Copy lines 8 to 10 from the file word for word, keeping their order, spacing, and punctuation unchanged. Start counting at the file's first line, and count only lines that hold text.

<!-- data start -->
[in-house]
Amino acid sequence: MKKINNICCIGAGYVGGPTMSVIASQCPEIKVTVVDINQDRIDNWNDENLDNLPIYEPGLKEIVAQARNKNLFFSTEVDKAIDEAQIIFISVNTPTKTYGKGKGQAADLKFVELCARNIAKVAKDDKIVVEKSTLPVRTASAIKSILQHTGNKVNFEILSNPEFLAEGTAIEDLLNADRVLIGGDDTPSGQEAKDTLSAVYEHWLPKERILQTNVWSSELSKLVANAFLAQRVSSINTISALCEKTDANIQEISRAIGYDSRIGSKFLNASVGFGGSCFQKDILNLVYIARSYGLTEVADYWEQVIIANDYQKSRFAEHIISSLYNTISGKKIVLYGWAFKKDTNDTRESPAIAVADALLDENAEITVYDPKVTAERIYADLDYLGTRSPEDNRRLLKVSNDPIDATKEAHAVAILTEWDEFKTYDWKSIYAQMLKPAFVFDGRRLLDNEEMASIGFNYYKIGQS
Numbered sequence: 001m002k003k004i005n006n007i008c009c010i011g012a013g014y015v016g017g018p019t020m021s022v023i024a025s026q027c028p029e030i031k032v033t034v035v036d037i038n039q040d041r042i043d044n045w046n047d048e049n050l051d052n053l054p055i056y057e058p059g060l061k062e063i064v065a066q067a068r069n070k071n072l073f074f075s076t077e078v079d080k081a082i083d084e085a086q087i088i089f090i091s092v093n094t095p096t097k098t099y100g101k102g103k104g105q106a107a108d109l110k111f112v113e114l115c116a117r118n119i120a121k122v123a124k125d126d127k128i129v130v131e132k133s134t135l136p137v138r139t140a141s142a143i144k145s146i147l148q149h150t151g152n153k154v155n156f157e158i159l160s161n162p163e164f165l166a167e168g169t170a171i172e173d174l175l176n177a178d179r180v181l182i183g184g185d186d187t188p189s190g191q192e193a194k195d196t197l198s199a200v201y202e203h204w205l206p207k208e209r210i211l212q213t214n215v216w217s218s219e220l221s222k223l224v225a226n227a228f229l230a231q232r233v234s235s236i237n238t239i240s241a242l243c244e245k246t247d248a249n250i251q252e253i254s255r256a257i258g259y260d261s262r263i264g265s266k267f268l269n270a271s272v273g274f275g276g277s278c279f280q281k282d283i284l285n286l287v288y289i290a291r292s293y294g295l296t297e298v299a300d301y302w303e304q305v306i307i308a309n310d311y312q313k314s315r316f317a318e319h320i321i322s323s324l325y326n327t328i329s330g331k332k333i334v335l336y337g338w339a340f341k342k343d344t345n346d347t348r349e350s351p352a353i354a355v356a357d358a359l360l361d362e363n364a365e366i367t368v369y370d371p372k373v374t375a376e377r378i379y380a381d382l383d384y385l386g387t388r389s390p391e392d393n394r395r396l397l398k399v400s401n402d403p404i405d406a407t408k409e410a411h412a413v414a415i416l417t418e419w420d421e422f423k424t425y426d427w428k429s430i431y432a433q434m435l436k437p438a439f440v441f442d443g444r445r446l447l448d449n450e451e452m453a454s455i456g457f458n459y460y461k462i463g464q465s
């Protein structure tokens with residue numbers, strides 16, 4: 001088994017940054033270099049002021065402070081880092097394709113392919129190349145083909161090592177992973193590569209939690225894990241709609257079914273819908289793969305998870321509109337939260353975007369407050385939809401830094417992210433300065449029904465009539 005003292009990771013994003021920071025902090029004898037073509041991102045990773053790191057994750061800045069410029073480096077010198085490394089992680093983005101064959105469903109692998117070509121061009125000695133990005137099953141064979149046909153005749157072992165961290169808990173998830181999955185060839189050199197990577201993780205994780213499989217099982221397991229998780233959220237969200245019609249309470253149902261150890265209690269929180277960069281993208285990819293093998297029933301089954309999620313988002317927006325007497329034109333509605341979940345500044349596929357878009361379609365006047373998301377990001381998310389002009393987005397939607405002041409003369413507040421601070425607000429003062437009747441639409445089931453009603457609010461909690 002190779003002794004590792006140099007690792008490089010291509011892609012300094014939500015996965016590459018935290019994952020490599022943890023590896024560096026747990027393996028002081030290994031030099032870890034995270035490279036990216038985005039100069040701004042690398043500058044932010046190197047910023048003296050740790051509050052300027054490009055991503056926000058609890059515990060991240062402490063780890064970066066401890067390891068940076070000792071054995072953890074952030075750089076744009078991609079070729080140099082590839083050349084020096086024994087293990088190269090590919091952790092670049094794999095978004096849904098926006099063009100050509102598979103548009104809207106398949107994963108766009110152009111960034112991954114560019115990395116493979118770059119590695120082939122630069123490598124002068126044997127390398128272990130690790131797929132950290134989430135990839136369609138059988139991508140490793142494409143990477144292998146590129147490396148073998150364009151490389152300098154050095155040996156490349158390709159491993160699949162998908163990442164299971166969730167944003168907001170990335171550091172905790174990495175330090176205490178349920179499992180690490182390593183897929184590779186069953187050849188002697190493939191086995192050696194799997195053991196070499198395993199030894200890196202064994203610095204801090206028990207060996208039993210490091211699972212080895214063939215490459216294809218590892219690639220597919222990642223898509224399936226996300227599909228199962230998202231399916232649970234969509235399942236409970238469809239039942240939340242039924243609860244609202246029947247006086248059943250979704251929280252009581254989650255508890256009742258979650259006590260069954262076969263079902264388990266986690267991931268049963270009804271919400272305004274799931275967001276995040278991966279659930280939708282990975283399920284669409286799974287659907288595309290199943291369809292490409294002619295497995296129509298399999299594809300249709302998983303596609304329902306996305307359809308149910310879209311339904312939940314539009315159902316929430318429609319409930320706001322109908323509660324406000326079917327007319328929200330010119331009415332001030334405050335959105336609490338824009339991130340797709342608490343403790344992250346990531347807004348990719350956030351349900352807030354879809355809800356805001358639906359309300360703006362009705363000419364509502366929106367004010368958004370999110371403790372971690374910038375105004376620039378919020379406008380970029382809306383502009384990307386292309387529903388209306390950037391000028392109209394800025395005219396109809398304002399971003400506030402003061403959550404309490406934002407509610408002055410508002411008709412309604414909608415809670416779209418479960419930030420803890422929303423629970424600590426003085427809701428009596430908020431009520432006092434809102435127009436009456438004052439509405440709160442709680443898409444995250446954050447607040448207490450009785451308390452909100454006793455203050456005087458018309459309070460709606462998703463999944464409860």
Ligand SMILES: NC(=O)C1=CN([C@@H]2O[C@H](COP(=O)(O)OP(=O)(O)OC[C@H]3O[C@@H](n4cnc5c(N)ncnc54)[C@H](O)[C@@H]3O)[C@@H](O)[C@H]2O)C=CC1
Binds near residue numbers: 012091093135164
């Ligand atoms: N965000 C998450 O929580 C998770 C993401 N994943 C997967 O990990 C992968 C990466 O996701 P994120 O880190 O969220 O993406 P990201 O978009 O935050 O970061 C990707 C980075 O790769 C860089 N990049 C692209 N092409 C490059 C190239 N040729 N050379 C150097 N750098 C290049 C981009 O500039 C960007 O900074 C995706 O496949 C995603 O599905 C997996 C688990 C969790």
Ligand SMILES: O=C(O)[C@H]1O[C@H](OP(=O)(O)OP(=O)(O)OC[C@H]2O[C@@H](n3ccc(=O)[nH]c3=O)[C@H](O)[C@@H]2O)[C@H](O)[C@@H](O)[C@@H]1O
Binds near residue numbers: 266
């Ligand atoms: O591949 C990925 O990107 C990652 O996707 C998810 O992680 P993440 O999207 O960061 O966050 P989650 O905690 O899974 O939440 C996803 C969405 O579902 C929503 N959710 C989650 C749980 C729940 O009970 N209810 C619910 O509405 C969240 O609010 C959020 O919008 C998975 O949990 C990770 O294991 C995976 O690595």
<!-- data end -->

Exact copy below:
Ligand SMILES: O=C(O)[C@H]1O[C@H](OP(=O)(O)OP(=O)(O)OC[C@H]2O[C@@H](n3ccc(=O)[nH]c3=O)[C@H](O)[C@@H]2O)[C@H](O)[C@@H](O)[C@@H]1O
Binds near residue numbers: 266
């Ligand atoms: O591949 C990925 O990107 C990652 O996707 C998810 O992680 P993440 O999207 O960061 O966050 P989650 O905690 O899974 O939440 C996803 C969405 O579902 C929503 N959710 C989650 C749980 C729940 O009970 N209810 C619910 O509405 C969240 O609010 C959020 O919008 C998975 O949990 C990770 O294991 C995976 O690595």